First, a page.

Background: Proponents of recent models of the doctor-patient relationship, such as concordance and shared decision making, have emphasized mutuality rather than paternalism or consumerism. However, little attention has been paid so far to the ways in which this might actually be achieved.
Objectives: The aims of this study were to establish whether there are any rules governing the opening sequence in general practice consultations, and to analyse the ways in which the observing or breaking of such rules contributes to the development of mutuality between patients and GPs.
Methods: The paper is based on a qualitative study of 62 patients consulting 20 GPs in 20 practices in the Midlands and Southeast of England. Consultations were audio recorded and transcribed; patients were interviewed before and after each consultation, and doctors were interviewed afterwards. Data were analysed using the sociological method of Conversation Analysis. The outcomes were participants' own understandings as demonstrated in their speech.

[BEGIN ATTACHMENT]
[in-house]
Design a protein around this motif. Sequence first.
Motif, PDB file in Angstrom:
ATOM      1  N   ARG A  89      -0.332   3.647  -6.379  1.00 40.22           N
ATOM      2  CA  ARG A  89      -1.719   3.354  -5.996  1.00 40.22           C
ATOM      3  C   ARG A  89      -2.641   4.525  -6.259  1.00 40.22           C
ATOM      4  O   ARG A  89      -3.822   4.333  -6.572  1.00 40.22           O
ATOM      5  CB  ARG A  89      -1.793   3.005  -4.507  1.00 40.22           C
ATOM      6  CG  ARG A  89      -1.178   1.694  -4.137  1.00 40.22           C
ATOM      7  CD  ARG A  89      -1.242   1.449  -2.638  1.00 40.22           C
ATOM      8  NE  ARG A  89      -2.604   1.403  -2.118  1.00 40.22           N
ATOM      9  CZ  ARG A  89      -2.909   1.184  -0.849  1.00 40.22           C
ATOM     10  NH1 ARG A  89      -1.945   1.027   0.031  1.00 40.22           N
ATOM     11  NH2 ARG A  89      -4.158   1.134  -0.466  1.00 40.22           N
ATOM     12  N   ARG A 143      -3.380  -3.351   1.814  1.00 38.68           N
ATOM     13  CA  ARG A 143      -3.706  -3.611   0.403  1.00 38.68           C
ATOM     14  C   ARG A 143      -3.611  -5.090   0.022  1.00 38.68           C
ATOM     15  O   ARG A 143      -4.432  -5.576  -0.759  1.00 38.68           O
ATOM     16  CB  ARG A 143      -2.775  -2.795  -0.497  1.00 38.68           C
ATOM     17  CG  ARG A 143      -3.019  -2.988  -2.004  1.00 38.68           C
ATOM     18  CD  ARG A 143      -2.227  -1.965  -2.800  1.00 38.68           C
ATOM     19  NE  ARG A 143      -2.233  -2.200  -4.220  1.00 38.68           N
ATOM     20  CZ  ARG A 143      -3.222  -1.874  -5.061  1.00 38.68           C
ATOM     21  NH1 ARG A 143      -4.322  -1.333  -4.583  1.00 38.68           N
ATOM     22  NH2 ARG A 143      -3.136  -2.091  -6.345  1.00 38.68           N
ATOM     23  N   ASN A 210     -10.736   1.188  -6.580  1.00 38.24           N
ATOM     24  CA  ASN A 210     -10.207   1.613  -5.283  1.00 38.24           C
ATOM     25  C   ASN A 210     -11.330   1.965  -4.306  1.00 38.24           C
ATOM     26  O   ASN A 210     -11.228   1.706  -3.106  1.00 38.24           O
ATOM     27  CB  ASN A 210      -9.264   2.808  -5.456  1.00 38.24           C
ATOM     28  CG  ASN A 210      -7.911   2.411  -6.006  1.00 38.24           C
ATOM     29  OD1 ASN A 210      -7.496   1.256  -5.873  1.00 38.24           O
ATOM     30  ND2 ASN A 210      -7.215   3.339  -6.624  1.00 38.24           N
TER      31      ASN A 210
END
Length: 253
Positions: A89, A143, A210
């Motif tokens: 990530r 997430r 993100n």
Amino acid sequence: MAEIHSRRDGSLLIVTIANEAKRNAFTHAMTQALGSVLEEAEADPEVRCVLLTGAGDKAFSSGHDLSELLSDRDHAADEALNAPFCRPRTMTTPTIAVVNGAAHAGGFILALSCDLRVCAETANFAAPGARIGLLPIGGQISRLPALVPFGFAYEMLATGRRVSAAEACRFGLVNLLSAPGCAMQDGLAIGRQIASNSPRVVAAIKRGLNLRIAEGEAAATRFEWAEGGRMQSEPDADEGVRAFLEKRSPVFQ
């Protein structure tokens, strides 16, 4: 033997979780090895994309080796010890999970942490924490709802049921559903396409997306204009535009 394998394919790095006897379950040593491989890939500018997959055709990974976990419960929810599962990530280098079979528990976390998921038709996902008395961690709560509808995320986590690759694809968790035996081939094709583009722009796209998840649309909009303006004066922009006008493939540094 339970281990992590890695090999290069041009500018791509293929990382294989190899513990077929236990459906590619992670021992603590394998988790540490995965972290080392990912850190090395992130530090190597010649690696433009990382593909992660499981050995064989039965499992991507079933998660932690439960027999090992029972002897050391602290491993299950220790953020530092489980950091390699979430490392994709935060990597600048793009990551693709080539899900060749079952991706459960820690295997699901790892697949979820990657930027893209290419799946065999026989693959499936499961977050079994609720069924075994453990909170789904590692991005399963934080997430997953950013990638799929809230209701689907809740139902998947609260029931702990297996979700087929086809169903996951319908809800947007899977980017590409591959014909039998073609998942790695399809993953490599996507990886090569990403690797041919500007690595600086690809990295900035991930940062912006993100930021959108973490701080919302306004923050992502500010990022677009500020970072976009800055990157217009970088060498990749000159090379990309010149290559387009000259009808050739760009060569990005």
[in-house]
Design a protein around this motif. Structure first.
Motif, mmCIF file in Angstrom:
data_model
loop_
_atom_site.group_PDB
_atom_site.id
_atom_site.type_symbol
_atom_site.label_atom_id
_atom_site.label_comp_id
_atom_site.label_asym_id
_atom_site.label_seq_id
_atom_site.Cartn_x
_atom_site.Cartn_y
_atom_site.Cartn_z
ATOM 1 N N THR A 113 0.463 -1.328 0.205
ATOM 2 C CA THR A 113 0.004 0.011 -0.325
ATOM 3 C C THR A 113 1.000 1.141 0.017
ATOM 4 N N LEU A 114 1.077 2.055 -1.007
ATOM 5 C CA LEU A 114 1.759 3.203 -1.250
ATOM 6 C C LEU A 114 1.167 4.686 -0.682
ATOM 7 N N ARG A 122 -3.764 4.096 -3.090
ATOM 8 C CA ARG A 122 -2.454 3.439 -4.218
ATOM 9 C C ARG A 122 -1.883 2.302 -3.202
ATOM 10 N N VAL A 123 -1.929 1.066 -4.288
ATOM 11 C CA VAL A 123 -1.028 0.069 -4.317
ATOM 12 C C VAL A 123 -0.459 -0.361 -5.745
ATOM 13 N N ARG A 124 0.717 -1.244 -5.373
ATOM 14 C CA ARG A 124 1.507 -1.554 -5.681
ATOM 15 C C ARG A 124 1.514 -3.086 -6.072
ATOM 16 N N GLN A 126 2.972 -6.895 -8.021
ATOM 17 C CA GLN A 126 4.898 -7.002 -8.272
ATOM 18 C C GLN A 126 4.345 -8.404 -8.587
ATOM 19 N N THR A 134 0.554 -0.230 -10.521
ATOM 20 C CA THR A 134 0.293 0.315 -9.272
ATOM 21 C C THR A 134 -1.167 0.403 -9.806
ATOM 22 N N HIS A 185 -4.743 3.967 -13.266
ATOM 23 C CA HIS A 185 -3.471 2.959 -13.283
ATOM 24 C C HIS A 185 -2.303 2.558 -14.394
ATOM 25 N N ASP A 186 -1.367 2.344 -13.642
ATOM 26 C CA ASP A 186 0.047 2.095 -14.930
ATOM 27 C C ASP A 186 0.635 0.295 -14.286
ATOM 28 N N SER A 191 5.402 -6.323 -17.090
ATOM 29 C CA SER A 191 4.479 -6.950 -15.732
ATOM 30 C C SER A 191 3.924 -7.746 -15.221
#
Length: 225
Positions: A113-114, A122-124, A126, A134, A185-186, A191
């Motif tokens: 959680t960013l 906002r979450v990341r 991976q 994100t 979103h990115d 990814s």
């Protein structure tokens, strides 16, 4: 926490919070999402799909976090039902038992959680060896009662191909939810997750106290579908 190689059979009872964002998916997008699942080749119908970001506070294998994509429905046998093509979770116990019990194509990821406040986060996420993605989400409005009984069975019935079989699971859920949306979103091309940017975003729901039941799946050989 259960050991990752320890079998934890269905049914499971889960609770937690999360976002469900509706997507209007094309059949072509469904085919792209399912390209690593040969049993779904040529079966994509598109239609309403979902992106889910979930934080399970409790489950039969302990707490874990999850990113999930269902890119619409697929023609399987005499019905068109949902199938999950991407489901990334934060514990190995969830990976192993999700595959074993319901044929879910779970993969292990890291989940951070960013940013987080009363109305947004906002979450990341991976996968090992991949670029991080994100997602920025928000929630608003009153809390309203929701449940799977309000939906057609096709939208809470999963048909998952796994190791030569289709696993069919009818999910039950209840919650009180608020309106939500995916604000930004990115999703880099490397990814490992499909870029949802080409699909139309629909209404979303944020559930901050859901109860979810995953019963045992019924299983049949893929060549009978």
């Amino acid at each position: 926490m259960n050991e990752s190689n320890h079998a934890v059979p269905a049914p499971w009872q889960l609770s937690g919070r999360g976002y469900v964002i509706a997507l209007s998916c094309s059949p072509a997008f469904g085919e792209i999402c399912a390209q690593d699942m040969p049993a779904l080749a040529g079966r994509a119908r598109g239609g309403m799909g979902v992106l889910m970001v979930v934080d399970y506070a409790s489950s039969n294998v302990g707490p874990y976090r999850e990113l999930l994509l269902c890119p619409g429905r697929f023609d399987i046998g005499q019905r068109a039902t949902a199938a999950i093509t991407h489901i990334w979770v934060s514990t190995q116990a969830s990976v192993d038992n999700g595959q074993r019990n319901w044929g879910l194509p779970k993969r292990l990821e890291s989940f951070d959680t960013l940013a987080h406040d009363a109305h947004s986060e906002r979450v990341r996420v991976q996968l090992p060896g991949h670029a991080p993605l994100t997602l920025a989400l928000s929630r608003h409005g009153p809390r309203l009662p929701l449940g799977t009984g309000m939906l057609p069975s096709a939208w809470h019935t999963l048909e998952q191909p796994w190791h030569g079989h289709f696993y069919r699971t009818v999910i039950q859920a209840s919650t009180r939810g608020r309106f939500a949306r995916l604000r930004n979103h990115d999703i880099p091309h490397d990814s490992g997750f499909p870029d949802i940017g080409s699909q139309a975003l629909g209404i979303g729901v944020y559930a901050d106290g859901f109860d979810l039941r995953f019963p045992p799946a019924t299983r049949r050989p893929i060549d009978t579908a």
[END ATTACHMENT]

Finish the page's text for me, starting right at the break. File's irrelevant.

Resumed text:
Results: A selection rule was identified whereby doctors choose between the questions "How are you?" and "What can I do for you?" to elicit patients' concerns. Deviations from this selection rule may be either repairable or strategic. Repairable deviance is based on misunderstanding between participants, and is resolved interactionally, usually by patients. Strategic deviance is the attempt by doctors to emphasize or de-emphasize certain aspects of their relationships with particular patients. Deviations from the rule which are not repaired lead to misalignment between participants.
Conclusion: In relation to concordance, or shared decision making more generally, this analysis demonstrates that alignment or misalignment between participants will occur before any discussion about treatment options occurs. In cases of misalignment, concordance will be much harder to achieve. Mutuality is an achievement of both patients and doctors, and requires the active participation of patients.